CS: What did you learn about yourself while making this new project?

MS: “That I’m horrible at making decisions. And moving on. I mean, hundreds of breakup songs? Even I can say that’s an objectively worrying amount of sad songs.” 

CS: Is there one song that you hope really speaks to listeners off this project, and if so, which is it and why?

MS: “Khloe is a song that seems to capture exactly what it was like to be in a relationship with someone who was suicidal, struggling with her mental health. That push and pull, the highs and the lows, the trying to love someone who can’t or won’t be loved. I wrote beautiful love songs and gut wrenching heartbreak songs about this person and in the midst of all that was this little song, where we were still together but I was starting to have to come to terms that it was never going to be a love like love should be. Sadly enough I think that’s a very relatable feeling for many people so I hope the song can bring some solace to whoever is going through a similar situation.” 

Photo Credit: Damon De Backer

CS: Have you thought about bringing the project out on the road? What does the next few months look like in terms of playing live shows?

MS: “I’m currently finishing up the European headline tour for this album, and it’s been incredible to see the response to it. The show in Tivoli in Utrecht for instance, a venue I’ve been wanting to play since I was a teenager and saw footage of Eddie Vedder (Pearl Jam) at Pinkpop 1992 with a Tivoli T-shirt, was nothing short of memorable. The Netherlands is a country where I haven’t had a lot of airplay (my latest single is the first song to ever to be fully featured on a playlist of a radio there), so to drive hours in a van, arrive in a city I’d never played a headline show before and have hundreds of people show up and sing along to every song from back to front was really magical.

As for the future: we’re currently booking the shows for this festival summer and a tour this fall. After years of COVID I just want to get out there and play as many shows as possible!”

CS: Who would you like to collaborate with?

MS: “I mean, everybody knows I look up to John Mayer, so he’ll always be the first one that comes to mind. I’d also genuinely love to get in a studio with Anita Jobby, because we’ve always had a great time and a good laugh when we hang out but we’ve never collaborated!”

CS: You also moved to London early last year which led to the result of your EP Plimsoll Road – how was the creative process being in a different country and how did that impact your career level?

MS: “Loved loved loved LOVED living in London. Can’t wait to be back. It’s such a different energy than Belgium or anywhere else in Europe. There’s just so much happening there, there’s so many people who are good at making music and willing to collaborate, there’s so many good shows EVERY SINGLE DAY, and I also have a bunch of really really dear friends there that made life so beautiful. Honestly the happiest time of my life so far, I think. 

Creatively it definitely pushed me to think bigger, write bigger sounding songs, to think bigger – because everyone there writes a song as if it can be the next world hit. I liked that attitude. On a career level it was crazy to see how I suddenly ended up in the studio with the producer of Rihanna or the writers of Fallout Boy, or at parties with the manager of James Bay. I was also very humbled to see how everyone in the music scene there seemed to accept me – no one questioned me being in those rooms at any time. It meant the world to me.”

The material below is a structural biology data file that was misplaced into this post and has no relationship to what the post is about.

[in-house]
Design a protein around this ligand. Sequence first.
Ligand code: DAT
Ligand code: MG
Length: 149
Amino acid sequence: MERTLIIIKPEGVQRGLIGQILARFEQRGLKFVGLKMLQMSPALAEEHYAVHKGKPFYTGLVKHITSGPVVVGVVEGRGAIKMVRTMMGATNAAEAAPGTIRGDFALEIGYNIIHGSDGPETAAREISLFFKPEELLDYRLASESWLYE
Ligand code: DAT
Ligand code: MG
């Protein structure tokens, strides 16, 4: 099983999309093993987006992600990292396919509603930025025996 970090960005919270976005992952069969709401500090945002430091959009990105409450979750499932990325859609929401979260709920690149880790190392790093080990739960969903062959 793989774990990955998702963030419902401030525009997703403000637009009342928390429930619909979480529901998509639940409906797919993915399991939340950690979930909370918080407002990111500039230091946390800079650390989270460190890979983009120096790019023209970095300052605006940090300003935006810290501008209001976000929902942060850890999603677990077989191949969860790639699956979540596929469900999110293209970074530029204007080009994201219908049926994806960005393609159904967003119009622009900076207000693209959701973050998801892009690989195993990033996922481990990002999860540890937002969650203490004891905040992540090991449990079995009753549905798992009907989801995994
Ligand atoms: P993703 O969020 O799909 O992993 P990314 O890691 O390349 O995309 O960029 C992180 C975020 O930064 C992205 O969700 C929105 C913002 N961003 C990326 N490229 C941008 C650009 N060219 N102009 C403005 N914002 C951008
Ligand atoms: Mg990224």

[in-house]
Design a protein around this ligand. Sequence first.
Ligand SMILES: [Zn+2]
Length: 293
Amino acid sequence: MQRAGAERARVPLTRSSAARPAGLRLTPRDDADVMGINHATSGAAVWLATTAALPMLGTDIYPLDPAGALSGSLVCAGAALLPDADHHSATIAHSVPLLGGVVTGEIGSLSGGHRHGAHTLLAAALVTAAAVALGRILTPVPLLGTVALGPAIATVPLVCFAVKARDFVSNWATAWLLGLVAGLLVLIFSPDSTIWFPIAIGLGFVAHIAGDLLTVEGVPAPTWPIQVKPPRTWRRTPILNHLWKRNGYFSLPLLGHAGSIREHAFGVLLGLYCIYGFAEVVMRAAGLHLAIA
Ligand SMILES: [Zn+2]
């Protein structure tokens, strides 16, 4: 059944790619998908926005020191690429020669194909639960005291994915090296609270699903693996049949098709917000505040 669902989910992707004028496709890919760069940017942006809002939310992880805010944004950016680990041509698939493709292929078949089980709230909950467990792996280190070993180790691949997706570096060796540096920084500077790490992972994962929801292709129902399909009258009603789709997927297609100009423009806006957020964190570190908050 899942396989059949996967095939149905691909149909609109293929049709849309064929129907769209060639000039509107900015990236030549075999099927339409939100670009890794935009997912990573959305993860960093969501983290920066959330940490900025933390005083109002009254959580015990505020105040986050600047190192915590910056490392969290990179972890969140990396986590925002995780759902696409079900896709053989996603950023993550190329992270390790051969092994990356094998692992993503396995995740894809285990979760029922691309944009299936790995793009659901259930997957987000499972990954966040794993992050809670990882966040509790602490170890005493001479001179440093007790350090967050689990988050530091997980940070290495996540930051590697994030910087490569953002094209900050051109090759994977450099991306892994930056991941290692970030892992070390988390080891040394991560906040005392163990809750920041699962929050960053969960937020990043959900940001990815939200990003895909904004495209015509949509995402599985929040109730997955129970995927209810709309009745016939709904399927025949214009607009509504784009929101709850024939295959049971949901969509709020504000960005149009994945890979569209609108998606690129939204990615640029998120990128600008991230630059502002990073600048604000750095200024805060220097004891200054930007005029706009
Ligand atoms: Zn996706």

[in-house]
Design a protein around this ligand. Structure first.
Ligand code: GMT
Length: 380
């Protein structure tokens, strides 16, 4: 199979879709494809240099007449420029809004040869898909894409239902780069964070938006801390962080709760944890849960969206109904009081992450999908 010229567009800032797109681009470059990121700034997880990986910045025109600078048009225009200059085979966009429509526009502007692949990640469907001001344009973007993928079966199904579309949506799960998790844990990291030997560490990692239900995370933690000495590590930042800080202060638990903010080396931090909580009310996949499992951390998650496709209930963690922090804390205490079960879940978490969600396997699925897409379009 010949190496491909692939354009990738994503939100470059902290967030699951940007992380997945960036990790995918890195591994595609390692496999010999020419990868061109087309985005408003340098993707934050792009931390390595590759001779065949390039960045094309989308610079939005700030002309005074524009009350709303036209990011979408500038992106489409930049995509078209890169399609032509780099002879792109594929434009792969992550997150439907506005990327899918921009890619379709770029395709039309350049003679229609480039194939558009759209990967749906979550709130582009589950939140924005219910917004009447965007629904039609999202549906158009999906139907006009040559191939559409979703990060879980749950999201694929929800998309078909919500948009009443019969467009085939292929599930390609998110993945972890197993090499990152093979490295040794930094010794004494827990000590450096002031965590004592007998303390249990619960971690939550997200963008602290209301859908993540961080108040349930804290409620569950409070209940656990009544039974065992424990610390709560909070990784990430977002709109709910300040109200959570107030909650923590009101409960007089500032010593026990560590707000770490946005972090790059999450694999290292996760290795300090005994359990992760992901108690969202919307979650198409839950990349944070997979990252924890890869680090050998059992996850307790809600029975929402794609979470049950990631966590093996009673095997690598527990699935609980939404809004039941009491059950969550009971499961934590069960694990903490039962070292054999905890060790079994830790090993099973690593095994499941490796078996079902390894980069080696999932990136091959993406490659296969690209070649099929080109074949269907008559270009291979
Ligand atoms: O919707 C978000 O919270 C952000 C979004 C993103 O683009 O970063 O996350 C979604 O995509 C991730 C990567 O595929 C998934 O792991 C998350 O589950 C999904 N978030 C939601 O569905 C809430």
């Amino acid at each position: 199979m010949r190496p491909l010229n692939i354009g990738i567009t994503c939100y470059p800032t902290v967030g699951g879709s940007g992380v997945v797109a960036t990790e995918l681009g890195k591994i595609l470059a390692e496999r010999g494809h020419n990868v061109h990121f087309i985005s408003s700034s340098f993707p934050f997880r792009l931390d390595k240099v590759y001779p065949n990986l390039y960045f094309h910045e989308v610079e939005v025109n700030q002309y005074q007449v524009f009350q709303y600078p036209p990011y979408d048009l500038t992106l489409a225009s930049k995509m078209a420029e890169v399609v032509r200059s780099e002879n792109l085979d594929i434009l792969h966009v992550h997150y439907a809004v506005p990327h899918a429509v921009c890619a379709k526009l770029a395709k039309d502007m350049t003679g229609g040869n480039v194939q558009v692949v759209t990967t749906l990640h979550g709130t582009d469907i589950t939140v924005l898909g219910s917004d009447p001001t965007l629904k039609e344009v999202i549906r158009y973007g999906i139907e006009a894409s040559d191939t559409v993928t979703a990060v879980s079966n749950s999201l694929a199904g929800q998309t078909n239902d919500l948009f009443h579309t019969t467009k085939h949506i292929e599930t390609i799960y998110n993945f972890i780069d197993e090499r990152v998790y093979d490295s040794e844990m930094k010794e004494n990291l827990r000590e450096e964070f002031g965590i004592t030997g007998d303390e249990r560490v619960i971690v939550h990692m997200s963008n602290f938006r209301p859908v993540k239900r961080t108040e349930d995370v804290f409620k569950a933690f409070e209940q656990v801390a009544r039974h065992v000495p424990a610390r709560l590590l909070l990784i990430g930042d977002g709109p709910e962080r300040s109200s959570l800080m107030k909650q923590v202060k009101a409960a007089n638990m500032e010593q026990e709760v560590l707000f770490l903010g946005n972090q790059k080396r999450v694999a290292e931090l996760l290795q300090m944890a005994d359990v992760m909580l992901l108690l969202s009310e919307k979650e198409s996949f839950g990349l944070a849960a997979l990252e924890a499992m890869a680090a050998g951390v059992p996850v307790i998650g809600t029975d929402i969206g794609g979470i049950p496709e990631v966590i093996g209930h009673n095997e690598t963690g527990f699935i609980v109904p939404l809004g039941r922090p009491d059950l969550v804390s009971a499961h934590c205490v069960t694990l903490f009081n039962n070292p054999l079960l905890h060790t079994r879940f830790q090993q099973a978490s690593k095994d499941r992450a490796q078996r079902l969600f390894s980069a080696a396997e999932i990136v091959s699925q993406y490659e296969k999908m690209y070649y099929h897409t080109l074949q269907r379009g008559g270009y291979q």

CS: What else can fans expect from you this year? Any other music or projects you’d like to share?

MS: “I’m hoping to release the duet with Nona that’s on my album as a single. I’m also playing guitar on a few people’s records left and right, but that’ll see the daylight when they are ready to share it with the world I think. I honestly just hope to get to play as many live shows as possible!” 

CS: Do you have any goals for yourself in 2023 career-wise?

MS: “To not die, because I’m 27 and that’s a bit of a tricky age to be a musician. Apart from that, it would be really nice to have a European hit. (A man can dream can’t he?)”

CS: Lastly, since we are Celeb Secrets, do you have any secrets about either yourself or your music that fans might not know? (these can be fun facts)

MS: “The worst kept secret in the world is that I’m a massive nerd. I can tell the difference between a Gibson ES-335 from 1960, 1961, 1962 and 1966 from across the room – and that’s not even my favorite kind of guitar! Whatever I lack in social skills I make up for in incredibly intricate knowledge of musical gear. It drives my label insane to the point where we literally had a meeting where they told me I needed to stop posting about guitars so much. In their defense, a befriended musician from Scotland also told me that he thinks it’s ridiculous how specific my terminology is when it comes to gear ‘when English isn’t even yer damn native language.’ 

So I guess they have a point?”

LISTEN TO “QUARTER LIFE CRISIS” BELOW:

Author

  • Jasmine Vazquez

    Jasmine Vazquez is a Pop Culture Writer and Reporter for Celeb Secrets whom has recently obtained her B.A. in Public Relations and a Certificate in Digital Media Communications from California State University, Fullerton. She is a true SoCal native that has always embraced and enjoyed the entertainment scene from going out to music festivals to traveling with friends. A girl always on the go living as her most upbeat unapologetically self.

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Jasmine Vazquez is a Pop Culture Writer and Reporter for Celeb Secrets whom has recently obtained her B.A. in Public Relations and a Certificate in Digital Media Communications from California State University, Fullerton. She is a true SoCal native that…